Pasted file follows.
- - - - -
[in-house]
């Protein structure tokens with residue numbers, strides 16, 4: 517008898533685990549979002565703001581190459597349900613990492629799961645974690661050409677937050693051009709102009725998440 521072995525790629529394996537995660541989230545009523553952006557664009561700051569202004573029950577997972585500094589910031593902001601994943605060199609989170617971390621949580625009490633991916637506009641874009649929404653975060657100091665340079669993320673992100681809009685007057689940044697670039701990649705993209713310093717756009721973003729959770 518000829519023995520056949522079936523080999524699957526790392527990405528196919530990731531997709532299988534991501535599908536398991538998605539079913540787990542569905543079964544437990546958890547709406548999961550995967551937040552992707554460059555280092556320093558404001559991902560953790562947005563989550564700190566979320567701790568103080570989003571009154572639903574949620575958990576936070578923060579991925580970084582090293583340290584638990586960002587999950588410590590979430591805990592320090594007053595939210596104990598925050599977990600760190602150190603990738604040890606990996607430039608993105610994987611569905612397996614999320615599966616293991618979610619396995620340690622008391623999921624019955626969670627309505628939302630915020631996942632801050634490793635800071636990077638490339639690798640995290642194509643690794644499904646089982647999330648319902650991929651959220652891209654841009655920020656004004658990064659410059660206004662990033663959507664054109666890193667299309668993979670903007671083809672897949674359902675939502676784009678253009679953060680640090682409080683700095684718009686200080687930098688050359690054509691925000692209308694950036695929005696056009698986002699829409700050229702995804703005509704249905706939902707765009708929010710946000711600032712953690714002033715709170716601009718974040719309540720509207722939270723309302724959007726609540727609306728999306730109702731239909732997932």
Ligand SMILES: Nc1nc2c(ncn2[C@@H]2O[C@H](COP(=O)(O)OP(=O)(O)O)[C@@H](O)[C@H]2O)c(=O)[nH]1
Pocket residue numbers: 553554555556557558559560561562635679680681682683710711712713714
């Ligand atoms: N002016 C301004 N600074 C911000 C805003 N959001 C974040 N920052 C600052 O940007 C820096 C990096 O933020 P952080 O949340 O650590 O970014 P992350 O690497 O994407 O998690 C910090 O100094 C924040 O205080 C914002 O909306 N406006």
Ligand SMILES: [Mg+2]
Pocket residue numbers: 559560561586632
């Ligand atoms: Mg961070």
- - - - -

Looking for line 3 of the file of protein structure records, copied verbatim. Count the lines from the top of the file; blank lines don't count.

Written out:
Ligand SMILES: Nc1nc2c(ncn2[C@@H]2O[C@H](COP(=O)(O)OP(=O)(O)O)[C@@H](O)[C@H]2O)c(=O)[nH]1